Web portal to help address global e-waste launched
Recycling e-waste presents an opportunity worth over 62.5 billion dollars per year
The Global E-waste Statistics Partnership has launched globalewaste.org, an open source portal that visualises e-waste data and statistics globally, by region and by country, for policy-makers, industry, academia and the public.
The Global E-waste Statistics Partnership comprises ITU, the United Nations University (UNU) and the International Solid Waste Association (ISWA).
Discarded equipment, such as phones, laptops, fridges, sensors and TVs are referred to as e-waste. E-waste contains substances that pose considerable environmental and health risks, especially if treated inadequately.
On the other hand, e-waste presents an opportunity worth over 62.5 billion dollars per year if treated through appropriate recycling chains and methods, with the potential of creating millions of decent new jobs worldwide.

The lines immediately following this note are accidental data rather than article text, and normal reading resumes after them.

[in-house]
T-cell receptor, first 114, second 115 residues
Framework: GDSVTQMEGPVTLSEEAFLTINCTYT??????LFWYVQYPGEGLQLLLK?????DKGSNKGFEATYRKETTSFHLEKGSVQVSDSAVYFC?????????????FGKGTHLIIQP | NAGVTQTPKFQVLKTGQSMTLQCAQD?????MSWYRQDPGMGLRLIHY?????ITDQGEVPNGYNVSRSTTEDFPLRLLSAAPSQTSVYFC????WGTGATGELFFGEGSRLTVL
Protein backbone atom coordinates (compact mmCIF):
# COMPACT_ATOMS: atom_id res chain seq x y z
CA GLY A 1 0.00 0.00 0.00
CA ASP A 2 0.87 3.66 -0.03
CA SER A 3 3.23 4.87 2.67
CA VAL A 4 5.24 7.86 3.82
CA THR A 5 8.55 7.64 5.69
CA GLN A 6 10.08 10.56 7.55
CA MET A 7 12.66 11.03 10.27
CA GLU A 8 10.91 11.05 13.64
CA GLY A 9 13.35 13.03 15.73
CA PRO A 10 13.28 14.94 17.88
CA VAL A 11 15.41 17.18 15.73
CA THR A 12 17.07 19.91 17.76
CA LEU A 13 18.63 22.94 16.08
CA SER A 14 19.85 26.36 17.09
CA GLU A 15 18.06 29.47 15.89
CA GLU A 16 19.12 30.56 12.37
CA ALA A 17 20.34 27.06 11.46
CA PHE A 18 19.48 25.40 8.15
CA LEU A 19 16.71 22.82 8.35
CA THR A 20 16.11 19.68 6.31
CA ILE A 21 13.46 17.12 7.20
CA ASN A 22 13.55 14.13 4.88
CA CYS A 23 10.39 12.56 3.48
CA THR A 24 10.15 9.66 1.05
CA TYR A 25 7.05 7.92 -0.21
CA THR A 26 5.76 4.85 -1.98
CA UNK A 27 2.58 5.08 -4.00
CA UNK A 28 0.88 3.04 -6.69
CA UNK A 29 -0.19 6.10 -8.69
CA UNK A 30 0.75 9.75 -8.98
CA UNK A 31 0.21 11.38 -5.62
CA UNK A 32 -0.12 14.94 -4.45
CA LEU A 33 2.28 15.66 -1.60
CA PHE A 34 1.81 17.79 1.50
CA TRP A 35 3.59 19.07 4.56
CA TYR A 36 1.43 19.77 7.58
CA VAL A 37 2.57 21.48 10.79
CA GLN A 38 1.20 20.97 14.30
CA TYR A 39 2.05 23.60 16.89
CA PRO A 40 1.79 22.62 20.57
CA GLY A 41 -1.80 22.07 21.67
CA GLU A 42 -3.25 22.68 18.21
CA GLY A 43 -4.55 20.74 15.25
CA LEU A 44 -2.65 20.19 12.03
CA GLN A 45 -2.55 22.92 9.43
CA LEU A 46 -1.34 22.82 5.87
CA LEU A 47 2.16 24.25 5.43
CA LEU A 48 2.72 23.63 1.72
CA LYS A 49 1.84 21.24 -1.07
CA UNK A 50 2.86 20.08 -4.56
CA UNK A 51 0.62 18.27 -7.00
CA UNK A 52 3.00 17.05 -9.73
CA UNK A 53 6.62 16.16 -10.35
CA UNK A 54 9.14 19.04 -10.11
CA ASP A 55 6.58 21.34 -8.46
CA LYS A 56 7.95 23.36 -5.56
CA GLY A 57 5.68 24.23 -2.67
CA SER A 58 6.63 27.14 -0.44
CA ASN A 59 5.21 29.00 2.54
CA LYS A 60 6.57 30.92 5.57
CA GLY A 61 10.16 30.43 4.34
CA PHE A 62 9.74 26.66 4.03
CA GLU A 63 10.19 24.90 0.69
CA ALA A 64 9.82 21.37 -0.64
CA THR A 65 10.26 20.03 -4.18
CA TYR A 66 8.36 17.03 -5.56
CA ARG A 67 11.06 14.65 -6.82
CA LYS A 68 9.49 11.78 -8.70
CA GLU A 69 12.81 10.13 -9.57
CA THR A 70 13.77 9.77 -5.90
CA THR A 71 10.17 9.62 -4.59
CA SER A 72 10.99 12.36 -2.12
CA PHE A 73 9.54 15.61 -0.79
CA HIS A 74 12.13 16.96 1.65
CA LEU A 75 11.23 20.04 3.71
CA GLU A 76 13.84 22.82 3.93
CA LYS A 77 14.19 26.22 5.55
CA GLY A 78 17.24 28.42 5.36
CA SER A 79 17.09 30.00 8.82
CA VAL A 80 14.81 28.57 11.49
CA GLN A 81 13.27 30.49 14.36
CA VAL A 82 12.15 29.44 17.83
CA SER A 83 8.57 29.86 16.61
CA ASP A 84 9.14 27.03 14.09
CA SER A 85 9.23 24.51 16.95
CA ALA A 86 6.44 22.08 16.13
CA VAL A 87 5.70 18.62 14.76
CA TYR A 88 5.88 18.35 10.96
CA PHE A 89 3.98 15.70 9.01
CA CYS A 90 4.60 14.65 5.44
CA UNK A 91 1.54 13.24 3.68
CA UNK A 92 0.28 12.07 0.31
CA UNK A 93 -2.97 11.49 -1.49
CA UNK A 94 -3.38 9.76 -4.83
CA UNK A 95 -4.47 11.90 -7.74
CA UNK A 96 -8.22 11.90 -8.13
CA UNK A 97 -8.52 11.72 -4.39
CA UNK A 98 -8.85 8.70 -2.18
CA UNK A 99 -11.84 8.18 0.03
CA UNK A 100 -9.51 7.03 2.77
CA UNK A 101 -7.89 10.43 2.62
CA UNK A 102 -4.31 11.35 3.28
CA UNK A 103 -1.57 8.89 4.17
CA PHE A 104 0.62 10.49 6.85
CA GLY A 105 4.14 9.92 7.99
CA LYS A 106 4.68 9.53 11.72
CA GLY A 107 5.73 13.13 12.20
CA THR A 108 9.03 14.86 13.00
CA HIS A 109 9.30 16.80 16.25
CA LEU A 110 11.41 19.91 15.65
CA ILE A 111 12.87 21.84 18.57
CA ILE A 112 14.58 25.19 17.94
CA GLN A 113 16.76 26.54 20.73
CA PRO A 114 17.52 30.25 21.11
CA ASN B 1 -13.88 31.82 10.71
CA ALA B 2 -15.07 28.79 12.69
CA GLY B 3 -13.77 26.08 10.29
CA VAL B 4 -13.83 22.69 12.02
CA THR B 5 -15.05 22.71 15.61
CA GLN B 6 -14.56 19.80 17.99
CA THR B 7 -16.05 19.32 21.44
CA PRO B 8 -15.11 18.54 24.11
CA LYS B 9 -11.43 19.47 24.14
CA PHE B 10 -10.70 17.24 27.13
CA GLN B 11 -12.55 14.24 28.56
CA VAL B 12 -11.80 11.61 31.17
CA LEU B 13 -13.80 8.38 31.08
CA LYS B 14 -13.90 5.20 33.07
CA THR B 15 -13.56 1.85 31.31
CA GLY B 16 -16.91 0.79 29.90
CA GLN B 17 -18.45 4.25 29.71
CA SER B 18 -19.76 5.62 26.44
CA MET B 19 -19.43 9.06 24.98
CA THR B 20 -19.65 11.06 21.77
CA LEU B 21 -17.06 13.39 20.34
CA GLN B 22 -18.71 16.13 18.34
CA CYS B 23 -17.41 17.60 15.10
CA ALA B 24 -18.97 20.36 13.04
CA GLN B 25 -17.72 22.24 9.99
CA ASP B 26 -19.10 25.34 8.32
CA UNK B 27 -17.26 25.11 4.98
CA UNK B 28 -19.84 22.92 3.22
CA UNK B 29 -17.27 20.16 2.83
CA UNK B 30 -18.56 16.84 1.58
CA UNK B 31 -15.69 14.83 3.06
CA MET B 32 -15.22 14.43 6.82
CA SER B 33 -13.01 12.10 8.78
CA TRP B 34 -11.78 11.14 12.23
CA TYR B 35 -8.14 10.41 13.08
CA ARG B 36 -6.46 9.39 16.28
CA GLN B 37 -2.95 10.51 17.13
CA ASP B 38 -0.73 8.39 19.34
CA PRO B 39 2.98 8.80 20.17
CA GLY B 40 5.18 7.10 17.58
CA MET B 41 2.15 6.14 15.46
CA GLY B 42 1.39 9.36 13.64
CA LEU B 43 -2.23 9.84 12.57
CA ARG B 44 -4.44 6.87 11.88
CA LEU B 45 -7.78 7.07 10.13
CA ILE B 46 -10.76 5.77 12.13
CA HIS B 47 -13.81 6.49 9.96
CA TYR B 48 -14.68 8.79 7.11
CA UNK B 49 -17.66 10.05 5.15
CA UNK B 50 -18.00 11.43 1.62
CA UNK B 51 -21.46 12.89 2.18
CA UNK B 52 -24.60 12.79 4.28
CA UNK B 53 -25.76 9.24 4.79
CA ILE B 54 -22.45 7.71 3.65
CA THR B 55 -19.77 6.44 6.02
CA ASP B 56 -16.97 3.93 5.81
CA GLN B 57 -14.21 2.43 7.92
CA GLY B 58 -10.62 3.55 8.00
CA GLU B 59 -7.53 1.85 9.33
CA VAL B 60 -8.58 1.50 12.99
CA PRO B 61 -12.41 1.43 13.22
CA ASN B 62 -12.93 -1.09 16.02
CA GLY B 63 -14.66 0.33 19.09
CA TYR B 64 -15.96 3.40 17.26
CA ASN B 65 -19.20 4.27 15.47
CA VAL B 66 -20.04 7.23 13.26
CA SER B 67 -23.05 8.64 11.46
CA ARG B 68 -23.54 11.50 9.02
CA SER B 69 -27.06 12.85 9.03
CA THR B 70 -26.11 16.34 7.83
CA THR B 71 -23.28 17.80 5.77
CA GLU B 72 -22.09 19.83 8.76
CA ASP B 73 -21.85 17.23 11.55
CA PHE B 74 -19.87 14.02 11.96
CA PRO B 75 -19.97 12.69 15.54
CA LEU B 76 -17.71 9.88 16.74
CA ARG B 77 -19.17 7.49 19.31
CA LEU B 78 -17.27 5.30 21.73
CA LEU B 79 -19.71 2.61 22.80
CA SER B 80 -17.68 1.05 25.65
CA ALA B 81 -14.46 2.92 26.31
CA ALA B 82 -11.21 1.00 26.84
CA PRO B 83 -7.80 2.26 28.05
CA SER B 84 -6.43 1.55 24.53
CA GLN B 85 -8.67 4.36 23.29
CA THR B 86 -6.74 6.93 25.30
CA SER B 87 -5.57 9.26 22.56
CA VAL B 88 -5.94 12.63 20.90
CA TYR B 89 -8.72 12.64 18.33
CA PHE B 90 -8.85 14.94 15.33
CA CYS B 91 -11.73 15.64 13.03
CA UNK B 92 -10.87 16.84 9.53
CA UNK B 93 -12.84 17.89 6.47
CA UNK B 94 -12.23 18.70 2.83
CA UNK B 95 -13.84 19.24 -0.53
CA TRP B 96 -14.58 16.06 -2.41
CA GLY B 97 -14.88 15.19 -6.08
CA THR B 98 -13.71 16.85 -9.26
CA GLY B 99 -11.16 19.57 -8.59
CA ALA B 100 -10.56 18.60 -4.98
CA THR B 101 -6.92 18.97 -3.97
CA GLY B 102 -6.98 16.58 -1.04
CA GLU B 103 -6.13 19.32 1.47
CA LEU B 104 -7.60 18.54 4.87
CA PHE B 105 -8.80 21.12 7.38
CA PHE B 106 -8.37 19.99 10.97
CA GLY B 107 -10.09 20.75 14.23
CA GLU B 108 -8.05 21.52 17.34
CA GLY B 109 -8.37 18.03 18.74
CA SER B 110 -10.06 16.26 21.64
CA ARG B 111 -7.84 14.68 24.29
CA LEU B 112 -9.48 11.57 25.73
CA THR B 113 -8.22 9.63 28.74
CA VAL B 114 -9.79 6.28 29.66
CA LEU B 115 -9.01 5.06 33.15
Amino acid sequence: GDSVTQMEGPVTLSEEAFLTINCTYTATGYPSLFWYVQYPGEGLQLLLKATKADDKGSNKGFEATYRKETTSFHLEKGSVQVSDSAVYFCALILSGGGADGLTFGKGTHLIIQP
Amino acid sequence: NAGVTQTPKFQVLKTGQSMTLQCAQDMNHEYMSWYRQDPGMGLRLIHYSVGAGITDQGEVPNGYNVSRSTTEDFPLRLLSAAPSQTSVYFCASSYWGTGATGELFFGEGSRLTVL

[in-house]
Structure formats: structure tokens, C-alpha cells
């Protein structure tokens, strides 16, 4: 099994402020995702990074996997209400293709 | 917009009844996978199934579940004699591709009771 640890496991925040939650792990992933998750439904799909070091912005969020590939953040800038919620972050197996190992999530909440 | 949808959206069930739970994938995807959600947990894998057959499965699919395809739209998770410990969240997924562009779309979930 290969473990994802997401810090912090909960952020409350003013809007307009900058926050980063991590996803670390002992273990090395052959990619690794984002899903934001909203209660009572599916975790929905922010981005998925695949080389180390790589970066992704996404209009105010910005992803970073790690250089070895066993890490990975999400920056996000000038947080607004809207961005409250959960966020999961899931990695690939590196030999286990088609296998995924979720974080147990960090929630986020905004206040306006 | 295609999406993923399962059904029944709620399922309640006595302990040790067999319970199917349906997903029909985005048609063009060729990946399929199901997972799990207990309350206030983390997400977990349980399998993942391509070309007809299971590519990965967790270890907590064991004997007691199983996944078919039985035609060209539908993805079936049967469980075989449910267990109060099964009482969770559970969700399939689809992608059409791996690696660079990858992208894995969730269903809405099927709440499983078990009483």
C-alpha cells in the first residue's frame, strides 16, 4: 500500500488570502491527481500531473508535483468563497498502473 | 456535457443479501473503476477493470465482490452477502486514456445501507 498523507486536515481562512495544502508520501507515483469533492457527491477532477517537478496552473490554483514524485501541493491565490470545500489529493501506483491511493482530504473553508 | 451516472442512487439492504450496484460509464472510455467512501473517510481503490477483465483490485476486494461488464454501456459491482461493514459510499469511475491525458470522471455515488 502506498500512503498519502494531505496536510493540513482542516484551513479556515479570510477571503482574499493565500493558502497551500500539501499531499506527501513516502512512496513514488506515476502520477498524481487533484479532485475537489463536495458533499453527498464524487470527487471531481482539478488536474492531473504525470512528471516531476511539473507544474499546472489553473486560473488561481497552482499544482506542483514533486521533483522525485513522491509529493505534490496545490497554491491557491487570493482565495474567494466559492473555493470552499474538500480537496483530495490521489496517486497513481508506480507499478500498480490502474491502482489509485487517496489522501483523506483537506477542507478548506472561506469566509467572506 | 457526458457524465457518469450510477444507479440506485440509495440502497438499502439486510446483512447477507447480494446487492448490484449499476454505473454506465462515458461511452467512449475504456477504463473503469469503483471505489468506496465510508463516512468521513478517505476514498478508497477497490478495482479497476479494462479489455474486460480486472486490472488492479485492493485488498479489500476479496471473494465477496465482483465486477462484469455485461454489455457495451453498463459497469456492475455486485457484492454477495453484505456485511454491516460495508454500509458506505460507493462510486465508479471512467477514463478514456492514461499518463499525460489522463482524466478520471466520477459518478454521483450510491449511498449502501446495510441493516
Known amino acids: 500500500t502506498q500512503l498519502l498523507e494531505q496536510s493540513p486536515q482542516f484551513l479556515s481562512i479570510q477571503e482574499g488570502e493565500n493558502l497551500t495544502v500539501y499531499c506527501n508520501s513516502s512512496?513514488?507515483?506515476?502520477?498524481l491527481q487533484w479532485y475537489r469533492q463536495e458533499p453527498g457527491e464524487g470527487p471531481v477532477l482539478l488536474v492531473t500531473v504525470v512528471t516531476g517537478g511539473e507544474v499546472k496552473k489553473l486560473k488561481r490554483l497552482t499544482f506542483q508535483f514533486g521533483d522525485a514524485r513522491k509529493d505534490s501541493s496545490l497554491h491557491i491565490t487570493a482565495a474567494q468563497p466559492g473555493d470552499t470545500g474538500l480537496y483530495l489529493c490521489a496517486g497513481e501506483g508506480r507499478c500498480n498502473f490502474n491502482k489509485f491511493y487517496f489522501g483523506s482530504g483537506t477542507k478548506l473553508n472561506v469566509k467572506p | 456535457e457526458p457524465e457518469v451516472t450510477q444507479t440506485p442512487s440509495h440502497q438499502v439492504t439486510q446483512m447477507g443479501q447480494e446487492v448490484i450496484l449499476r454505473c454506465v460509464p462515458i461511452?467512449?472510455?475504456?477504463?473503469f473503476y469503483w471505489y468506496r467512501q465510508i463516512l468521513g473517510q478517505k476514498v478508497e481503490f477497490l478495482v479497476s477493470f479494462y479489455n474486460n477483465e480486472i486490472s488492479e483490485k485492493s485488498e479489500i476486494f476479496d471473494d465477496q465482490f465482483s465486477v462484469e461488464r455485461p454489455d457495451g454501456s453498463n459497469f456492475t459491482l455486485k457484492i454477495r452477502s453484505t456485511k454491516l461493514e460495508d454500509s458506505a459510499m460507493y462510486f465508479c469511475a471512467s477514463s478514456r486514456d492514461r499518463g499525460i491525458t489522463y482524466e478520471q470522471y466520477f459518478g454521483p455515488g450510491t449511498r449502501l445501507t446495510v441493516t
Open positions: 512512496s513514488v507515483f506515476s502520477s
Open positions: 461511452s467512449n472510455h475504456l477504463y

On globalewaste.org, users can access e-waste data from Global and Regional E-waste Monitors for most countries on Earth. Data include: the amount of e-waste generated in total and per capita and discarded prior to any collection, reuse, treatment, or export; the amount of e-waste formally collected in total and per capita and regulated by environmental protection laws specifically designed for e-waste; and e-waste legislation by country, where applicable.
“Reliable and official data and statistics on e-waste provide the foundation for sound e-waste legislation and management at the national level," said Houlin Zhao, ITU Secretary-General. “To date, 41 countries report compiling comparable national statistics on e-waste. Better e-waste data will help track progress towards global ITU e-waste target that Member States have set for 2023. With its extensive private-public membership, ITU is pleased to be part of the Global E-waste Statistics Partnership, and the new portal is a vital step towards addressing the e-waste challenge."
Latest estimates show that the world now discards approximately 50 million tonnes of e-waste per year, greater in weight than all of the commercial airliners ever made or enough Eiffel towers to fill Manhattan. Only 20% is formally recycled.